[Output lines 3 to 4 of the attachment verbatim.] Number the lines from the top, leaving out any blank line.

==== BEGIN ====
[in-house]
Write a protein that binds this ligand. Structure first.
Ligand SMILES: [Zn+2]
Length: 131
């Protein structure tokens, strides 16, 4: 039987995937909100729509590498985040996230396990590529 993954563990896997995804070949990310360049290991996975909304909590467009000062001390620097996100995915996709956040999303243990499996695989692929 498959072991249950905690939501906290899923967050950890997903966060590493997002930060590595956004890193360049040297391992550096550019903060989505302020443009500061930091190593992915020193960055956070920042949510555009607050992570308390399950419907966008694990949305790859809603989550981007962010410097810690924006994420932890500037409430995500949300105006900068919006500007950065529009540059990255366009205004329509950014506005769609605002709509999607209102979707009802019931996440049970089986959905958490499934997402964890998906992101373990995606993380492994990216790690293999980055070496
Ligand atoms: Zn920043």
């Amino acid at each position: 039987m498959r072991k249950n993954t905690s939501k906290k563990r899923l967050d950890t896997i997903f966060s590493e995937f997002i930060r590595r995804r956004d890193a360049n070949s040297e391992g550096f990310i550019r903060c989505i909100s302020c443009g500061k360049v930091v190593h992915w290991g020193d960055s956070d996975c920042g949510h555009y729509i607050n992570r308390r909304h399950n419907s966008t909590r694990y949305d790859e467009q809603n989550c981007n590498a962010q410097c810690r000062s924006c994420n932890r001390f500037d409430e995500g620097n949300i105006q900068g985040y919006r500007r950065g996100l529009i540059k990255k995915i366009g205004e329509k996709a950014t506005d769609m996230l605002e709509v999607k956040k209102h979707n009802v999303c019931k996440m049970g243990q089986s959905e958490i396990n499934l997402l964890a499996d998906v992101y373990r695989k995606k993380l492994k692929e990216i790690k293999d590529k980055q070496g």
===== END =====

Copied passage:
Ligand SMILES: [Zn+2]
Length: 131